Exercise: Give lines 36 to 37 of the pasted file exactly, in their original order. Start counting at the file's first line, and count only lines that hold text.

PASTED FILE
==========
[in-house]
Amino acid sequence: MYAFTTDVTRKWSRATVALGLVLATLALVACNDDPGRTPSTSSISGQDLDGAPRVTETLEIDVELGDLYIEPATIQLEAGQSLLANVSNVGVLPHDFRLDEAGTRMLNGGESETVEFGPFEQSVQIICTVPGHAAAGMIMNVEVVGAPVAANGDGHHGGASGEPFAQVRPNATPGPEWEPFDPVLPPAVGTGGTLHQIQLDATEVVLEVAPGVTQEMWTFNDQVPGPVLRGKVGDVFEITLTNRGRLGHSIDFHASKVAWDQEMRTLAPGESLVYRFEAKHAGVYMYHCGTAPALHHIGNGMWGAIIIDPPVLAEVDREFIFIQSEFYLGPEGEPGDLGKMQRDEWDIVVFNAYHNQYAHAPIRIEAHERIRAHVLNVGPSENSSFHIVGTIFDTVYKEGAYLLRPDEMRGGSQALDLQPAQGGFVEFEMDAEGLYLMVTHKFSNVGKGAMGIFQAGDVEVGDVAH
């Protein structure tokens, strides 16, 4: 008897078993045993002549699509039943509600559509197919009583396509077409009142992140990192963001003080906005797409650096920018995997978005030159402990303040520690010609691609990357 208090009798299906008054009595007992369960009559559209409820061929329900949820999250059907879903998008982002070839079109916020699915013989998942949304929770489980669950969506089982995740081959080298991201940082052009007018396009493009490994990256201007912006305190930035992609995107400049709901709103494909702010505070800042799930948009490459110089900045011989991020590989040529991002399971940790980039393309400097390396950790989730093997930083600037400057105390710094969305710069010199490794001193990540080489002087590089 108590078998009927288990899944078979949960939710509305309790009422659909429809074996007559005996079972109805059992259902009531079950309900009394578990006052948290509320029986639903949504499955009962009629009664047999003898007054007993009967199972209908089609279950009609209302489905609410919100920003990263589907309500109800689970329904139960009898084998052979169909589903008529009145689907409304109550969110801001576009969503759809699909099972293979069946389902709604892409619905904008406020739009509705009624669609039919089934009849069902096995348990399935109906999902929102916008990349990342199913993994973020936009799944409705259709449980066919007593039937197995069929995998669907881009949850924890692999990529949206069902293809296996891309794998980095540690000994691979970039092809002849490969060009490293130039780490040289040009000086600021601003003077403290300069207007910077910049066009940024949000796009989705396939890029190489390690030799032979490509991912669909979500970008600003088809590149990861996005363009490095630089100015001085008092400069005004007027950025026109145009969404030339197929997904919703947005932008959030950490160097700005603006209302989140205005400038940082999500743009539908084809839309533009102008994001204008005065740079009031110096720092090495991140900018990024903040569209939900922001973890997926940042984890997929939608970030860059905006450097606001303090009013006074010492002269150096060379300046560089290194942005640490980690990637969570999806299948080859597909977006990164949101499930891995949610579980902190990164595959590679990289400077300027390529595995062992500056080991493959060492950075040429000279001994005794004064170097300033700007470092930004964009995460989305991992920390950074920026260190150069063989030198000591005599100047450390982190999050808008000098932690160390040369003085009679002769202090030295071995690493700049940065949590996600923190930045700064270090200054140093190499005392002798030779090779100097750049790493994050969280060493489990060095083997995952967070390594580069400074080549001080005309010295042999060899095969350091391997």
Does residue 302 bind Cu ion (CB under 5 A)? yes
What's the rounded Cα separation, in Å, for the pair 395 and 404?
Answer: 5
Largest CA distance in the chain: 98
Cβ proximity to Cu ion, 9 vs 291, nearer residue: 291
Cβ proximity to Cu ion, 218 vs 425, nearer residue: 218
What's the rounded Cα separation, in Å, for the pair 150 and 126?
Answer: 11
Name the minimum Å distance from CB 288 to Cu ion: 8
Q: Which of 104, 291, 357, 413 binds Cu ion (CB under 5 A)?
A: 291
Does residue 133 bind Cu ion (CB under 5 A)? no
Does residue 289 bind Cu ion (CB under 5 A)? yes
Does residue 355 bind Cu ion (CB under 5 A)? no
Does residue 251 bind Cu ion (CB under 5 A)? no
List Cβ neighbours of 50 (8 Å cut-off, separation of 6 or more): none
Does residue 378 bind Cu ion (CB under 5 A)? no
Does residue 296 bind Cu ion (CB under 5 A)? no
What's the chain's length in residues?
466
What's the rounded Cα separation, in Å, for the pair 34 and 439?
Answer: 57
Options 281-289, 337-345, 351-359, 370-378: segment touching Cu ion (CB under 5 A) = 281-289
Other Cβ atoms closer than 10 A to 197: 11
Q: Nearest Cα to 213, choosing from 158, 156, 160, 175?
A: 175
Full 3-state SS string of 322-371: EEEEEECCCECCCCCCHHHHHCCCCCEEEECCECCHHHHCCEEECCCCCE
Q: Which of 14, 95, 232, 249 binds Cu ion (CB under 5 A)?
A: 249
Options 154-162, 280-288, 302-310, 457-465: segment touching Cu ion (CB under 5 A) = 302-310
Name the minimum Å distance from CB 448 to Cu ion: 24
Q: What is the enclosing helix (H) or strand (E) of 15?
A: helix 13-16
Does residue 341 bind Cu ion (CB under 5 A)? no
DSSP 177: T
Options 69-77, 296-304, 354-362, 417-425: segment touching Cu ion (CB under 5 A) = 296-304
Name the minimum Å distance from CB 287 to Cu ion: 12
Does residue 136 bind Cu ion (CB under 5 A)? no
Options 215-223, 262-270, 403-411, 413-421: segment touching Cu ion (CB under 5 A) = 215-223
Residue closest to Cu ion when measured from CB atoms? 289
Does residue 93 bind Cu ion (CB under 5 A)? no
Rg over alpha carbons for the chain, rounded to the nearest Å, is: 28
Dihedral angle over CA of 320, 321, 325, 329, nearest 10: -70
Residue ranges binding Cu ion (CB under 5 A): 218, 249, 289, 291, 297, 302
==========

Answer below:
A: helix 13-16
Does residue 341 bind Cu ion (CB under 5 A)? no